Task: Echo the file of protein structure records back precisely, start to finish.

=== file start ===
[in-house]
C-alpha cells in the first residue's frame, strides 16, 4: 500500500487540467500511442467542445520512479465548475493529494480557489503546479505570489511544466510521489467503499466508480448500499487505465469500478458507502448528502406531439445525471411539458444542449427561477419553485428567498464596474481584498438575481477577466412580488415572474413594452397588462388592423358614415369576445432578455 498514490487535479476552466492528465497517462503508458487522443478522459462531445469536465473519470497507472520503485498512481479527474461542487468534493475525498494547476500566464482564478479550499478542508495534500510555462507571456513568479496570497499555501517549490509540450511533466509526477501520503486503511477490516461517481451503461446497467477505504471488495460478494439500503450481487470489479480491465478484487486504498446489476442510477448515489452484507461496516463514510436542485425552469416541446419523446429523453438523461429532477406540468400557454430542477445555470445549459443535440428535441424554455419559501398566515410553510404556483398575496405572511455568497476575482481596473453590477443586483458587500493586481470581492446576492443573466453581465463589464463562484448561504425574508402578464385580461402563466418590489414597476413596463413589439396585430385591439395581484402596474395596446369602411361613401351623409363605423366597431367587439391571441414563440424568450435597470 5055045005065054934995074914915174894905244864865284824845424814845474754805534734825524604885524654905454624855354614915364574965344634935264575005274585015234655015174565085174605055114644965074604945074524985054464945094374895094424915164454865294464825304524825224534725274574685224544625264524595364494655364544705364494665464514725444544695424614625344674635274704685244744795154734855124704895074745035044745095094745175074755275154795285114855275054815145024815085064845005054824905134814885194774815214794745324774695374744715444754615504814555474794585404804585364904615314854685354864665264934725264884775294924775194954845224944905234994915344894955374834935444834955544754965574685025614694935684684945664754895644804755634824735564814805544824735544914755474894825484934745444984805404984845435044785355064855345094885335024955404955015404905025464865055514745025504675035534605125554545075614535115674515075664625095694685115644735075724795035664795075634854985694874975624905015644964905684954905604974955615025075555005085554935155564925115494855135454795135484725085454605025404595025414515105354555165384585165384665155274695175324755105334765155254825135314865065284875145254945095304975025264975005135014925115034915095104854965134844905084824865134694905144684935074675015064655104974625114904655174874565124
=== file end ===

[in-house]
C-alpha cells in the first residue's frame, strides 16, 4: 500500500487540467500511442467542445520512479465548475493529494480557489503546479505570489511544466510521489467503499466508480448500499487505465469500478458507502448528502406531439445525471411539458444542449427561477419553485428567498464596474481584498438575481477577466412580488415572474413594452397588462388592423358614415369576445432578455 498514490487535479476552466492528465497517462503508458487522443478522459462531445469536465473519470497507472520503485498512481479527474461542487468534493475525498494547476500566464482564478479550499478542508495534500510555462507571456513568479496570497499555501517549490509540450511533466509526477501520503486503511477490516461517481451503461446497467477505504471488495460478494439500503450481487470489479480491465478484487486504498446489476442510477448515489452484507461496516463514510436542485425552469416541446419523446429523453438523461429532477406540468400557454430542477445555470445549459443535440428535441424554455419559501398566515410553510404556483398575496405572511455568497476575482481596473453590477443586483458587500493586481470581492446576492443573466453581465463589464463562484448561504425574508402578464385580461402563466418590489414597476413596463413589439396585430385591439395581484402596474395596446369602411361613401351623409363605423366597431367587439391571441414563440424568450435597470 5055045005065054934995074914915174894905244864865284824845424814845474754805534734825524604885524654905454624855354614915364574965344634935264575005274585015234655015174565085174605055114644965074604945074524985054464945094374895094424915164454865294464825304524825224534725274574685224544625264524595364494655364544705364494665464514725444544695424614625344674635274704685244744795154734855124704895074745035044745095094745175074755275154795285114855275054815145024815085064845005054824905134814885194774815214794745324774695374744715444754615504814555474794585404804585364904615314854685354864665264934725264884775294924775194954845224944905234994915344894955374834935444834955544754965574685025614694935684684945664754895644804755634824735564814805544824735544914755474894825484934745444984805404984845435044785355064855345094885335024955404955015404905025464865055514745025504675035534605125554545075614535115674515075664625095694685115644735075724795035664795075634854985694874975624905015644964905684954905604974955615025075555005085554935155564925115494855135454795135484725085454605025404595025414515105354555165384585165384665155274695175324755105334765155254825135314865065284875145254945095304975025264975005135014925115034915095104854965134844905084824865134694905144684935074675015064655104974625114904655174874565124